FORT WORTH, Texas (SWBTS) – Jesus, the Son of Man and Messiah, rode a borrowed donkey.

Yakubu Bulus Bakfwash learned this lesson only a week after he left his homeland of Nigeria to study at Southwestern Baptist Theological Seminary in Fort Worth, Texas. It was one of his first lessons at the seminary, and it sank into his heart and mind.

This summer, Yakubu, his wife, Diana, and their three daughters sold everything they had except what they could fit into four or five suitcases. With the money they received, they bought one-way tickets to the United States. Yakubu praises God for His constant provision: They have been given beds, a laptop and printer, a washer and dryer, and other gifts. Yakubu says all those who have helped his family are “the hands and feet of our Lord Jesus Christ.” But he admits that one question lingers in his mind: “How are we going to begin life after returning home?”

“It’s not easy,” he explains. “I have children. I have a wife. And now we don’t have a home … But again, the Lord reminded me and reminded us as a family, ‘Foxes have holes. The Son of Man does not have a place to lay His head.’”

This Son of Man was “anointed to preach the Gospel to the poor, … to declare the year of the Lord’s liberty, but He Himself does not have a house of his own,” Yakubu says. “He has to use a borrowed house to celebrate the Last Supper. He has to ask the disciples in (the Gospel of) John to go over to the village and untie a donkey,” in order that He, the Messiah, might make his triumphal entry into Jerusalem.

“It was a borrowed donkey,” Yakubu says.

This reality provides a new perspective for the Bakfwash family, and, despite their concerns, they are determined to return to Nigeria. Much like the homeless Son of Man who preached to the poor and proclaimed the Lord’s liberty, Yakubu and his family have sacrificed themselves so they can take the Gospel to the Muslims and to the outcasts of Nigeria. Their only regret in coming to Southwestern is that they are separated by nearly 7,000 miles from their ministry.

“Africa is on our hearts. Africa is on our minds. We dream Africa,” Yakubu says. “We want to see God using us to develop an authentic biblical leadership in the generation of Africans that are coming up.”

In Nigeria, Yakubu teaches classes at Jos ECWA Theological Seminary, where he is the only instructor who teaches Islam. He has bachelor’s and master’s degrees in ministry from schools in Africa, but he is pursuing a Southwestern Master of Divinity degree, with the hopes of moving on to earn a Master of Theology in missions, with an emphasis in Islamic studies. He desires to prepare young ministers who will make an impact for Christ among the Muslims of Nigeria.

Yakubu is also the senior pastor and head chaplain at a mission hospital that reaches out to women with vesicovaginal fistula (VVF). Diana serves as a matron in the hostels in which these women live.

Affecting thousands of women throughout sub-Saharan Africa, VVF is a lifelong condition that occurs in lower class societies, often among Muslims. It is caused when girls are married and become pregnant at premature ages. Because of complications caused by their youth, these girls limp for the rest of their lives, and they chronically leak human waste. Most often their babies die during birth. As a result of their injuries, these girls are often forced to divorce their husbands and are cut off from society because they smell like waste. Some of the girls who come to the mission hospital are only 10 years old. Others have lived with VVF for 20 or 30 years. According to Yakubu, VVF is worse than AIDS, but it receives less attention. In 2001, it was estimated that nearly one million Nigerian women suffered from this condition and had not been treated.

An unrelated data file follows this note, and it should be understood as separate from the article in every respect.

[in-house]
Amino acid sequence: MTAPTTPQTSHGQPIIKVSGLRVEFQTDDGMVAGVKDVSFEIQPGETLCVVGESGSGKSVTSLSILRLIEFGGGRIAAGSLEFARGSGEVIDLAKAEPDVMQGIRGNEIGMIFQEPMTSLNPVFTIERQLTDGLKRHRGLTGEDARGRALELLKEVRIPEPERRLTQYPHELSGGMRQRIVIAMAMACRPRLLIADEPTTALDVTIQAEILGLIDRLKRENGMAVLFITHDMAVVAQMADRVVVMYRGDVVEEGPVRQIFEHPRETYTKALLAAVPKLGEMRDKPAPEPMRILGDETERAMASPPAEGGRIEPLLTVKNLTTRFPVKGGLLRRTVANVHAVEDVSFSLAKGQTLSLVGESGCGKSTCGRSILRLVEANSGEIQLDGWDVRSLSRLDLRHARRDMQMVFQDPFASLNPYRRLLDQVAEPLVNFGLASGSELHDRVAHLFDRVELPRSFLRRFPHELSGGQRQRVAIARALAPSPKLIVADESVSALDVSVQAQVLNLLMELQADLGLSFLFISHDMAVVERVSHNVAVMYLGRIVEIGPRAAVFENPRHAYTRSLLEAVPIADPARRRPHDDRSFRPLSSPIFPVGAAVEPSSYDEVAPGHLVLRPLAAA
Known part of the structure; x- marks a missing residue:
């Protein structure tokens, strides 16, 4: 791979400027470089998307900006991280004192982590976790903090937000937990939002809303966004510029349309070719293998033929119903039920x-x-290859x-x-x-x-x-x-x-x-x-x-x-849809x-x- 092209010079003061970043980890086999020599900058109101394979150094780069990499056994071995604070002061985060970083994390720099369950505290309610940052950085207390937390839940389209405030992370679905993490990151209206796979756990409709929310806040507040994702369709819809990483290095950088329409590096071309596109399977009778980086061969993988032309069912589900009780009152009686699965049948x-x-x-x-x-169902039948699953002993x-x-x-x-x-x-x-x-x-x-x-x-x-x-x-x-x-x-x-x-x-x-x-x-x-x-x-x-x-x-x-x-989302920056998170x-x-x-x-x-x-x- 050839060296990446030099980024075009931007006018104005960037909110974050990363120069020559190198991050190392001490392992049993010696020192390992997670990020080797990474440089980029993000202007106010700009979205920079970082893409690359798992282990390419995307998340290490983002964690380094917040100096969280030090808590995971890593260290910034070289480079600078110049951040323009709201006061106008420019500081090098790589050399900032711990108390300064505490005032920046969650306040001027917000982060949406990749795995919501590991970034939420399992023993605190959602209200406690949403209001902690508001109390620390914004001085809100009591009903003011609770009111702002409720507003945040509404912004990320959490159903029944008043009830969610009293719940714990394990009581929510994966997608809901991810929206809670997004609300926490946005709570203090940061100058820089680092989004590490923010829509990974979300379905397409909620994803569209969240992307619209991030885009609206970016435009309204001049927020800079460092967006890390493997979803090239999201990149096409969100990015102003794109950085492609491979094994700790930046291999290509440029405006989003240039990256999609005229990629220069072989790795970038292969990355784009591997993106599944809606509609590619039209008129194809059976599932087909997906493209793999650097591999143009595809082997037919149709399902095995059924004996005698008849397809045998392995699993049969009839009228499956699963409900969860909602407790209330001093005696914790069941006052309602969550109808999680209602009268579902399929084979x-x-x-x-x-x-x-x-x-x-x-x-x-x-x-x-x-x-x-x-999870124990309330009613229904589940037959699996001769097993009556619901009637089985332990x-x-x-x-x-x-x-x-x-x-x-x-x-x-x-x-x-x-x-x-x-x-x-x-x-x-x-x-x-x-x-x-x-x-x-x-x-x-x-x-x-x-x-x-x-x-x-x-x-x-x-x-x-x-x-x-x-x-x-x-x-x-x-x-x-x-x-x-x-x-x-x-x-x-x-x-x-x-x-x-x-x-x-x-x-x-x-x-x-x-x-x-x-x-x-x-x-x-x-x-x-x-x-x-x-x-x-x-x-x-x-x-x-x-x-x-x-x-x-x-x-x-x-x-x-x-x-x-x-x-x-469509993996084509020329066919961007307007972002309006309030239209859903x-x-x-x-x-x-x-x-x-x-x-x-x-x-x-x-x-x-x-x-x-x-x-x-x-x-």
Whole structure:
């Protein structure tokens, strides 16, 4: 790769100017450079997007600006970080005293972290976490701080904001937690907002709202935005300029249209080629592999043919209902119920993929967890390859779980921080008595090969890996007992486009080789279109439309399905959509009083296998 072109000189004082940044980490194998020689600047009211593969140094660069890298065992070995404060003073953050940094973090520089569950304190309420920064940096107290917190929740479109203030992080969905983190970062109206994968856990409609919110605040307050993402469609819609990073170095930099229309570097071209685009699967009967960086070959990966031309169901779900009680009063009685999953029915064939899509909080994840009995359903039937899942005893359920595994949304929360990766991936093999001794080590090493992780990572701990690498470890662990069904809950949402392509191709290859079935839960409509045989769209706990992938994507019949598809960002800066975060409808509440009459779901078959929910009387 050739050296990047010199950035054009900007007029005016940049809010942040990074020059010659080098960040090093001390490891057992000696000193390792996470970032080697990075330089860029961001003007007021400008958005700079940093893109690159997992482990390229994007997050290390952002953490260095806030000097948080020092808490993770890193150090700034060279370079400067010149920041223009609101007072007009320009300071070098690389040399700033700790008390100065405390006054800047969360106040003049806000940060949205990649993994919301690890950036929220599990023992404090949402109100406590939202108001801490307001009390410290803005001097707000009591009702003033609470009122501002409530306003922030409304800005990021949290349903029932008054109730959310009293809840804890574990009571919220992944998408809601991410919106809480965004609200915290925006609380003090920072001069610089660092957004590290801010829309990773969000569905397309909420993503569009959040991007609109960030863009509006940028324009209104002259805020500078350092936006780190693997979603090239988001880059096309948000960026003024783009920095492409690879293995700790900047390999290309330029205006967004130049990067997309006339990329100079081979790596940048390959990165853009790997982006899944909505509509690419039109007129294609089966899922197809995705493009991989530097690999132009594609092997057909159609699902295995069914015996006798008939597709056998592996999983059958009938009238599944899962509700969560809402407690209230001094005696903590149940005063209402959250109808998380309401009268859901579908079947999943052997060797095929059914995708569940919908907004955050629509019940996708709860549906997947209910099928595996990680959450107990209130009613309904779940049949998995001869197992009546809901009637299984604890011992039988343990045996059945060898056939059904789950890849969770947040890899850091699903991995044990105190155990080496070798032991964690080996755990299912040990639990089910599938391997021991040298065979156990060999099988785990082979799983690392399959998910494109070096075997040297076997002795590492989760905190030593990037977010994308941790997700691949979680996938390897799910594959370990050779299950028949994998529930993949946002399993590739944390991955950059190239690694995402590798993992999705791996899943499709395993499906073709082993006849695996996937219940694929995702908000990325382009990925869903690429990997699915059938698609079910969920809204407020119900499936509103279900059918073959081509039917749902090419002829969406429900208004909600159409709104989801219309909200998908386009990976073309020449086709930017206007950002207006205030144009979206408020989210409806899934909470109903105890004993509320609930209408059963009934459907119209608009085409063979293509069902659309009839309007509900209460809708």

At the mission, Yakubu, Diana and a staff of chaplains, matrons, doctors and nurses minister to these girls for months. They give them care and nourishment, until the girls are healthy enough to receive a surgery that can heal their condition. As these girls see the love of Christ displayed by all staff members at the hospital, they often ask about Christ and receive Him in faith.

Diana and other hostel matrons also counsel these women and teach them how to knit, sew, make handcrafts, make soap and cook nutritional food. According to Diana and Yakubu, they moved to Fort Worth, in large part, because the College at Southwestern offers a homemaking concentration that will help Diana improve this aspect of her ministry.

“So you see why Southwestern is very, very important in our ministry,” Yakubu says. “Without the homemaking ministry here, I’m sure we would not come here. We would look for another school. Incidentally, it is only Southwestern that has what we are looking for in ministry.”

After they have completed their treatment and education at the mission hospital and rehabilitation center, the women celebrate with song and dance, and for good reason: “They are now healthy,” Yakubu says. “They can read and write. They have received Christ as their Lord and personal Savior. They have skills, handwork. So they go back as complete human beings. These are people who before were divorced, ostracized, kept away. Now they are complete.”

Each March, more than 1,000 former patients return to the mission for a joyous reunion. It is an opportunity for the ministers at the hospital to follow up on their spiritual growth. Yakubu says the reunion also provides these women with a glimpse, however dim, of the “great reunion in heaven.”

Since they came to Southwestern, Yakubu, Diana and their children have desired a personal reunion with their friends and with the women and young ministers they have invested in for years. But as they consider Jesus, the once homeless Son of Man and Messiah, their minds turn toward things above and to a greater reunion.

“God has taught us,” Yakubu says, “to hold the things that are earthly loosely, and the things that are eternal tightly.”